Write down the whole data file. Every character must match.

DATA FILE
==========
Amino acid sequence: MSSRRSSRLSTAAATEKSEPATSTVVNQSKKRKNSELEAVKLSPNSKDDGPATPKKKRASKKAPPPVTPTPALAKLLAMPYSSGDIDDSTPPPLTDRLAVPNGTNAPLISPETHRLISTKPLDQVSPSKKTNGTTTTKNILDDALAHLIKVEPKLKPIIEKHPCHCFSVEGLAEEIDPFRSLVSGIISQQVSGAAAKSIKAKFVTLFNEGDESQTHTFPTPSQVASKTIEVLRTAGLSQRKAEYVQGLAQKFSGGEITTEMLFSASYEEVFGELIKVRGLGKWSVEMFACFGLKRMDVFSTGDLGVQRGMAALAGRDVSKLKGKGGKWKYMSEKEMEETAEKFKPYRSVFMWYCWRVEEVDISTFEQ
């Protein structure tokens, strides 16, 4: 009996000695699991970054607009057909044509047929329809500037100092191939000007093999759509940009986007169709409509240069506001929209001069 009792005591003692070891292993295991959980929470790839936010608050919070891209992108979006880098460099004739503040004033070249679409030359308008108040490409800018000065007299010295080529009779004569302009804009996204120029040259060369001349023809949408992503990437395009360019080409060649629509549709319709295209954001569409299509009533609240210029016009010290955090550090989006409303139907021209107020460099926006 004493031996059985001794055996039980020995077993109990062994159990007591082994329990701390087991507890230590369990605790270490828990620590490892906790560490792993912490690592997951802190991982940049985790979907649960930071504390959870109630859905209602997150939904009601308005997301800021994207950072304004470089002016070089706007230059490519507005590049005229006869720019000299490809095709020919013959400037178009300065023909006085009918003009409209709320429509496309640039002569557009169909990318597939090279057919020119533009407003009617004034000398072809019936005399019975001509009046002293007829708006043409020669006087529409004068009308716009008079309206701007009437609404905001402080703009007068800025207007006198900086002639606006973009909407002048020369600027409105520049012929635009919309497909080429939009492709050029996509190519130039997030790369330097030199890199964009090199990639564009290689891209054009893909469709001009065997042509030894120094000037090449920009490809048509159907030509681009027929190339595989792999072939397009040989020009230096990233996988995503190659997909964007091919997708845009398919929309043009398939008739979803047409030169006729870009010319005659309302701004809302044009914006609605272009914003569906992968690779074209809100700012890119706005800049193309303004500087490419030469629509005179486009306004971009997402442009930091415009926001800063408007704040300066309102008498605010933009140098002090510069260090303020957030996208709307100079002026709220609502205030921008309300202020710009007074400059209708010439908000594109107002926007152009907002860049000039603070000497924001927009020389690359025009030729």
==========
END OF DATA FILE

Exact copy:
Amino acid sequence: MSSRRSSRLSTAAATEKSEPATSTVVNQSKKRKNSELEAVKLSPNSKDDGPATPKKKRASKKAPPPVTPTPALAKLLAMPYSSGDIDDSTPPPLTDRLAVPNGTNAPLISPETHRLISTKPLDQVSPSKKTNGTTTTKNILDDALAHLIKVEPKLKPIIEKHPCHCFSVEGLAEEIDPFRSLVSGIISQQVSGAAAKSIKAKFVTLFNEGDESQTHTFPTPSQVASKTIEVLRTAGLSQRKAEYVQGLAQKFSGGEITTEMLFSASYEEVFGELIKVRGLGKWSVEMFACFGLKRMDVFSTGDLGVQRGMAALAGRDVSKLKGKGGKWKYMSEKEMEETAEKFKPYRSVFMWYCWRVEEVDISTFEQ
């Protein structure tokens, strides 16, 4: 009996000695699991970054607009057909044509047929329809500037100092191939000007093999759509940009986007169709409509240069506001929209001069 009792005591003692070891292993295991959980929470790839936010608050919070891209992108979006880098460099004739503040004033070249679409030359308008108040490409800018000065007299010295080529009779004569302009804009996204120029040259060369001349023809949408992503990437395009360019080409060649629509549709319709295209954001569409299509009533609240210029016009010290955090550090989006409303139907021209107020460099926006 004493031996059985001794055996039980020995077993109990062994159990007591082994329990701390087991507890230590369990605790270490828990620590490892906790560490792993912490690592997951802190991982940049985790979907649960930071504390959870109630859905209602997150939904009601308005997301800021994207950072304004470089002016070089706007230059490519507005590049005229006869720019000299490809095709020919013959400037178009300065023909006085009918003009409209709320429509496309640039002569557009169909990318597939090279057919020119533009407003009617004034000398072809019936005399019975001509009046002293007829708006043409020669006087529409004068009308716009008079309206701007009437609404905001402080703009007068800025207007006198900086002639606006973009909407002048020369600027409105520049012929635009919309497909080429939009492709050029996509190519130039997030790369330097030199890199964009090199990639564009290689891209054009893909469709001009065997042509030894120094000037090449920009490809048509159907030509681009027929190339595989792999072939397009040989020009230096990233996988995503190659997909964007091919997708845009398919929309043009398939008739979803047409030169006729870009010319005659309302701004809302044009914006609605272009914003569906992968690779074209809100700012890119706005800049193309303004500087490419030469629509005179486009306004971009997402442009930091415009926001800063408007704040300066309102008498605010933009140098002090510069260090303020957030996208709307100079002026709220609502205030921008309300202020710009007074400059209708010439908000594109107002926007152009907002860049000039603070000497924001927009020389690359025009030729």